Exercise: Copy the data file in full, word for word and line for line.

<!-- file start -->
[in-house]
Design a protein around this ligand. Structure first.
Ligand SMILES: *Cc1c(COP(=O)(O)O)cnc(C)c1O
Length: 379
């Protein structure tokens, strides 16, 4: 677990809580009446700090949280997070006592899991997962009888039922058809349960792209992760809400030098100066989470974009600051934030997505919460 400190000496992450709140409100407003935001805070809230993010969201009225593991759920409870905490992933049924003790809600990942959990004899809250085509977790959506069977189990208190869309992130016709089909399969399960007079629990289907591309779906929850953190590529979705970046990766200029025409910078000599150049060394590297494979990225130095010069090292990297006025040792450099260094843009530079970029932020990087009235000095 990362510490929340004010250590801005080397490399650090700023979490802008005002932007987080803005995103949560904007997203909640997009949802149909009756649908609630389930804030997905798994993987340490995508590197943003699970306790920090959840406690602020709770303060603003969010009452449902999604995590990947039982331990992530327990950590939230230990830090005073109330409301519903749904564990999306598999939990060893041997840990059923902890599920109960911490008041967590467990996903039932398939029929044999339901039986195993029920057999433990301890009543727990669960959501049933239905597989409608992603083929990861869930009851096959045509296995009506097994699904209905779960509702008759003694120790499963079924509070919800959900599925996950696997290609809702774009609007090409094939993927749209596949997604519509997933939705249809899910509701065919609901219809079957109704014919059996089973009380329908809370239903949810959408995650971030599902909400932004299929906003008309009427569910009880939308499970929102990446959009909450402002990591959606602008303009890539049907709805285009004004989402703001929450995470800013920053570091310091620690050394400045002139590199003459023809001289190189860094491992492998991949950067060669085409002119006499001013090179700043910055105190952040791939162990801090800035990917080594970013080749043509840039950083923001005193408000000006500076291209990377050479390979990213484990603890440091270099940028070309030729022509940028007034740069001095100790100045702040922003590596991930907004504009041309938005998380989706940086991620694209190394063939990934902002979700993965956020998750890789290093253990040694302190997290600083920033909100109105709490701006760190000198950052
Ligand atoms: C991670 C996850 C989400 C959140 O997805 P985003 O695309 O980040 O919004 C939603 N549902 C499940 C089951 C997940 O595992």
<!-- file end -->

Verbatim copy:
[in-house]
Design a protein around this ligand. Structure first.
Ligand SMILES: *Cc1c(COP(=O)(O)O)cnc(C)c1O
Length: 379
């Protein structure tokens, strides 16, 4: 677990809580009446700090949280997070006592899991997962009888039922058809349960792209992760809400030098100066989470974009600051934030997505919460 400190000496992450709140409100407003935001805070809230993010969201009225593991759920409870905490992933049924003790809600990942959990004899809250085509977790959506069977189990208190869309992130016709089909399969399960007079629990289907591309779906929850953190590529979705970046990766200029025409910078000599150049060394590297494979990225130095010069090292990297006025040792450099260094843009530079970029932020990087009235000095 990362510490929340004010250590801005080397490399650090700023979490802008005002932007987080803005995103949560904007997203909640997009949802149909009756649908609630389930804030997905798994993987340490995508590197943003699970306790920090959840406690602020709770303060603003969010009452449902999604995590990947039982331990992530327990950590939230230990830090005073109330409301519903749904564990999306598999939990060893041997840990059923902890599920109960911490008041967590467990996903039932398939029929044999339901039986195993029920057999433990301890009543727990669960959501049933239905597989409608992603083929990861869930009851096959045509296995009506097994699904209905779960509702008759003694120790499963079924509070919800959900599925996950696997290609809702774009609007090409094939993927749209596949997604519509997933939705249809899910509701065919609901219809079957109704014919059996089973009380329908809370239903949810959408995650971030599902909400932004299929906003008309009427569910009880939308499970929102990446959009909450402002990591959606602008303009890539049907709805285009004004989402703001929450995470800013920053570091310091620690050394400045002139590199003459023809001289190189860094491992492998991949950067060669085409002119006499001013090179700043910055105190952040791939162990801090800035990917080594970013080749043509840039950083923001005193408000000006500076291209990377050479390979990213484990603890440091270099940028070309030729022509940028007034740069001095100790100045702040922003590596991930907004504009041309938005998380989706940086991620694209190394063939990934902002979700993965956020998750890789290093253990040694302190997290600083920033909100109105709490701006760190000198950052
Ligand atoms: C991670 C996850 C989400 C959140 O997805 P985003 O695309 O980040 O919004 C939603 N549902 C499940 C089951 C997940 O595992």